By the way, if punishment really worked to deter behavior, almost two-thirds of the people released from prison would not result in the re-arrest, reconviction, or return to prison with or without a new sentence during a three-year period following the prisoner’s release. This figure is taken from “2011 Adult Institutions Outcome Evaluation Report” prepared by the California Department of Corrections And Rehabilitation, and is typical of other states.)

Consider this: If a stranger treated our children the way so many parents do they would be arrested for child abuse.  Why is the same behavior toward a child a crime when exhibited by a stranger and perfectly okay if done by parents?  Here’s the answer.

Do we really “own” our children?

Many parents feel they are legally and morally justified in forcing their children to do whatever they arbitrarily decide they want their children to do, just because they are the parents.  If a master’s absolute dominion over his slaves was justified by the argument that the slaves were “owned” by their masters, isn’t that the implicit argument that justifies punishing children? Obviously, parents don’t consciously think that about their children, but think about it for a moment, isn’t that the implicit assumption out of which most parents operate? Don’t they think: “Who are you to tell me how to parent? They are ‘my’ children.”

If we ever are going to raise a generation of children who don’t have the negative beliefs and day-to-day problems so many of us have today, the first thing we are going to have to do is realize that physical and even emotional abuse results in lasting damage.  Not the actual abuse itself, which is over in a few minutes. But the meaning children give that abuse results in crippling beliefs that stay with them and cause them suffering for the rest of their lives.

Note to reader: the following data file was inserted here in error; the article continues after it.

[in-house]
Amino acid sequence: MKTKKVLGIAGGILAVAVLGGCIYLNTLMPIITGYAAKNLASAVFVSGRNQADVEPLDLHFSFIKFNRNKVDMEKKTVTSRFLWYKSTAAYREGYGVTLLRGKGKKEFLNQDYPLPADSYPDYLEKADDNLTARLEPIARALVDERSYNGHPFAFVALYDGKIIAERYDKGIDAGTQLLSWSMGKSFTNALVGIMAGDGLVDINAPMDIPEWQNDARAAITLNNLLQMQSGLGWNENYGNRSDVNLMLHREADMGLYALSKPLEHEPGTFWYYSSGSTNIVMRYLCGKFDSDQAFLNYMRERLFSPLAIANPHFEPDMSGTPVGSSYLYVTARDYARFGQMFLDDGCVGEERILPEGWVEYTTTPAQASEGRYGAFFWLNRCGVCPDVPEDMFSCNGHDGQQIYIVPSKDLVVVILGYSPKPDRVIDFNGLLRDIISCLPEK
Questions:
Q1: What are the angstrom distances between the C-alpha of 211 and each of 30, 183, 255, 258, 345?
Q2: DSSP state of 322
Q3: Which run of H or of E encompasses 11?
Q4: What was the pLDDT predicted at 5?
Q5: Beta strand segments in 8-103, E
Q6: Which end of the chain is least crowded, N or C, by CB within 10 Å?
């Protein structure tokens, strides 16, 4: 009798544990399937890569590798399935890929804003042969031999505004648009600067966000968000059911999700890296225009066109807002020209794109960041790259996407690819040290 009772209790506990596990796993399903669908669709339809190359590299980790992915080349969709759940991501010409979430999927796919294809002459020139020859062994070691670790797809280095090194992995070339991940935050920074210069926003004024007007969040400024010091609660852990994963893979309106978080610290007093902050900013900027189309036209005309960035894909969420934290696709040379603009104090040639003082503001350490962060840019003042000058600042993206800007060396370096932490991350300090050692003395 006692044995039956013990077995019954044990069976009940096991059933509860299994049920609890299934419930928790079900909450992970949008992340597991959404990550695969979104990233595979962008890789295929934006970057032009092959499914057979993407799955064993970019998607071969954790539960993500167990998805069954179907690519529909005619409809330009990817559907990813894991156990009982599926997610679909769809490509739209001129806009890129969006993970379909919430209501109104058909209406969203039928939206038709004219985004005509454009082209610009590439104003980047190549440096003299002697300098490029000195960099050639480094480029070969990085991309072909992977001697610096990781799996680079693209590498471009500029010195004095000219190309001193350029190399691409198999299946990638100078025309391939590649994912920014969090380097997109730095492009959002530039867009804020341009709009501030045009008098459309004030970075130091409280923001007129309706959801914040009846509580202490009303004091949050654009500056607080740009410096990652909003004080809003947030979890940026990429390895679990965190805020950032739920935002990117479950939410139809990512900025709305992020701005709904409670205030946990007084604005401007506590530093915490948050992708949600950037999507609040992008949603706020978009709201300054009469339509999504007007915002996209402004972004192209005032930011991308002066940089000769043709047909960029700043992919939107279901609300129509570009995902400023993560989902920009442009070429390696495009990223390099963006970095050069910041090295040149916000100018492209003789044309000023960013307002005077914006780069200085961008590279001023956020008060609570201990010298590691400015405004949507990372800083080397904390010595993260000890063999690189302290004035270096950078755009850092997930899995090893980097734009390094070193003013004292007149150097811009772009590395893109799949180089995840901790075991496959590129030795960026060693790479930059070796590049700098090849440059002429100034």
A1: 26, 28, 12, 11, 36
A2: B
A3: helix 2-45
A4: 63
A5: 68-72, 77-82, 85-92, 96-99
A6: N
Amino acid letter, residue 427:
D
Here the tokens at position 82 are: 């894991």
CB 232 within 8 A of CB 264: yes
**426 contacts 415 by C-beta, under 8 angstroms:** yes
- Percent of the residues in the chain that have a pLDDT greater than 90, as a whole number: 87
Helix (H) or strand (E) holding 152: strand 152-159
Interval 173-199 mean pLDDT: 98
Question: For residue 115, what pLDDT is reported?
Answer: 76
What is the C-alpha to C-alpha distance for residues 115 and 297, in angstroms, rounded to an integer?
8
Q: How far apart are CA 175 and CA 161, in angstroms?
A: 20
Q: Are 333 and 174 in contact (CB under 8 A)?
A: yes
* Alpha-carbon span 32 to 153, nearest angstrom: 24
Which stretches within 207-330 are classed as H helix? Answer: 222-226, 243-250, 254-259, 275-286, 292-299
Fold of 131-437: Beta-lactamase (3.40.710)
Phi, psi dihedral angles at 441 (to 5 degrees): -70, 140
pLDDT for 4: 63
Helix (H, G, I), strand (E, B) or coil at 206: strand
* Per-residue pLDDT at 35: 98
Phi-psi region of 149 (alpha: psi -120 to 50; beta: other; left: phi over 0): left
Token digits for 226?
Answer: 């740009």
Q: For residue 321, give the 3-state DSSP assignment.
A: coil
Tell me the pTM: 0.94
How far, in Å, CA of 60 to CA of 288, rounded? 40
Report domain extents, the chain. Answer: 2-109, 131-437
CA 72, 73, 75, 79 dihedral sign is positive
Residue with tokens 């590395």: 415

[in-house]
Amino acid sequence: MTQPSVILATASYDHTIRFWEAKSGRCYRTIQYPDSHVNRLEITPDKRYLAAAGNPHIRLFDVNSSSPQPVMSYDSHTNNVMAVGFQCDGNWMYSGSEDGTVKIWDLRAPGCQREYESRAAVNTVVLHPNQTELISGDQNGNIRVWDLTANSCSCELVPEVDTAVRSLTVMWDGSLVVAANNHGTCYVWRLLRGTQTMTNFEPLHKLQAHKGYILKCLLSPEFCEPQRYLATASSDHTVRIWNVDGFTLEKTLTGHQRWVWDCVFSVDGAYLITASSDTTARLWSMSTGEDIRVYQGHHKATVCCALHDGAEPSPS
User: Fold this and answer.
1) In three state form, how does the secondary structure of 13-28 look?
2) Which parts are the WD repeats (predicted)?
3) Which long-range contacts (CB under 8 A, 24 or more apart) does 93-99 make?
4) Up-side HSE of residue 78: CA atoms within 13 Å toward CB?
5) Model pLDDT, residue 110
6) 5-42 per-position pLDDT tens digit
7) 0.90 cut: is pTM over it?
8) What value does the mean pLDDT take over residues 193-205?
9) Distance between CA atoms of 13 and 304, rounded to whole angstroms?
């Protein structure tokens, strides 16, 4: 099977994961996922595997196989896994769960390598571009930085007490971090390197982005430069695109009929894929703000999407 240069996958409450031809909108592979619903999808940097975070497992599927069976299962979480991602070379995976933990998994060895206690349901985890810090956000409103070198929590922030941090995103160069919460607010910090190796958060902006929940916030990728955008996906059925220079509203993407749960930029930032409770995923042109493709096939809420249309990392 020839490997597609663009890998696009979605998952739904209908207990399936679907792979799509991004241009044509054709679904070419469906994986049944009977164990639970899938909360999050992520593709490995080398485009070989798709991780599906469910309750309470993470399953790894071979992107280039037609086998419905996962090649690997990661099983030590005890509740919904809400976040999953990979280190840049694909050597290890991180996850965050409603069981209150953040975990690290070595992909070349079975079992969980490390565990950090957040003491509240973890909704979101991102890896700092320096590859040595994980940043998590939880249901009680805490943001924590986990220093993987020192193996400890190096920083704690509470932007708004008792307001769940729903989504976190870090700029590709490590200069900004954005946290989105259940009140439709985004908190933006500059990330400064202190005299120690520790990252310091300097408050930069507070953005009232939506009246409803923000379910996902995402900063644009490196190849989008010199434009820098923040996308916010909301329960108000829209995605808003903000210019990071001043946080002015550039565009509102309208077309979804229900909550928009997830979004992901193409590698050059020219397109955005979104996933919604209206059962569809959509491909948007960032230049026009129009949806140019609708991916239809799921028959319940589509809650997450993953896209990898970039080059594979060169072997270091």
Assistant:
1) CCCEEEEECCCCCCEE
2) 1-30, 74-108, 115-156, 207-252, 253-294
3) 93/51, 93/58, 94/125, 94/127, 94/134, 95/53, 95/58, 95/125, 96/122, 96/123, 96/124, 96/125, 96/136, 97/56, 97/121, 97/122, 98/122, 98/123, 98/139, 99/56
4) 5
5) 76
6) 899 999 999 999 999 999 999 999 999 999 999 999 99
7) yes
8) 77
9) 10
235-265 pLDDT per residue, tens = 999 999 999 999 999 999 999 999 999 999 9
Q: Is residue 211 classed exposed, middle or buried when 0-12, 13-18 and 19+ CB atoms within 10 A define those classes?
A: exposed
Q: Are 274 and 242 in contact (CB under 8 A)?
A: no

This post is not meant to make parents feel guilty who didn’t realize the consequences of their behavior or who just don’t have any effective parenting skills.  It is meant to destroy, once and for all, the idea that parents “own” their children and have the right to spank or scream at them for disobeying.

Please help get this post into the hands of as many parents as possible.  Let’s do whatever we can to hasten the day when everyone looks back at these early 21st century parenting practices in America and says: “What could they possibly have been thinking?”

How to use this post to improve your life (and the life of your child)

If you or your spouse spanks or even yells at your child, consider what you just read and see if you really want to continue doing that.  Consider making a promise to your child to never do that again.  And find more effective ways to interact with your children that lead to positive instead of negative beliefs.

If it is okay for teachers in your state to spank children while they are in school (for a list of states, click here http://www.infoplease.com/ipa/A0934191.html), send a note to your state representatives urging them to pass legislation banning all forms of corporal punishment in schools.

In any case, discuss the material in this post with your friends and do what you can to urge other parents to stop spanking their children.

Please comment both on this post and on your results from the exercise.

Your comments and questions increase the value we all receive.  I read them all and respond to as many as I can.

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If you would like some free information about how to interact with your children so that they form positive instead of negative beliefs, check out Shelly Lefkoe’s parenting program at http://parentingthelefkoeway.com.

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Copyright ©2012 Morty Lefkoe